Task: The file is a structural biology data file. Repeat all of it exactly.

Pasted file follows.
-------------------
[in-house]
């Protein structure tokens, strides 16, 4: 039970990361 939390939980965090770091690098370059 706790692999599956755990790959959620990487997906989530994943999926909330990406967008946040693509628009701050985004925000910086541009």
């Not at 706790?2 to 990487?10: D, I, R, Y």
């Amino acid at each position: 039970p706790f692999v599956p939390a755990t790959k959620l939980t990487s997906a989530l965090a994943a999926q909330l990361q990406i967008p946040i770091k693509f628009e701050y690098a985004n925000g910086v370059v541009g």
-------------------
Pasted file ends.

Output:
[in-house]
């Protein structure tokens, strides 16, 4: 039970990361 939390939980965090770091690098370059 706790692999599956755990790959959620990487997906989530994943999926909330990406967008946040693509628009701050985004925000910086541009």
């Not at 706790?2 to 990487?10: D, I, R, Y």
């Amino acid at each position: 039970p706790f692999v599956p939390a755990t790959k959620l939980t990487s997906a989530l965090a994943a999926q909330l990361q990406i967008p946040i770091k693509f628009e701050y690098a985004n925000g910086v370059v541009g």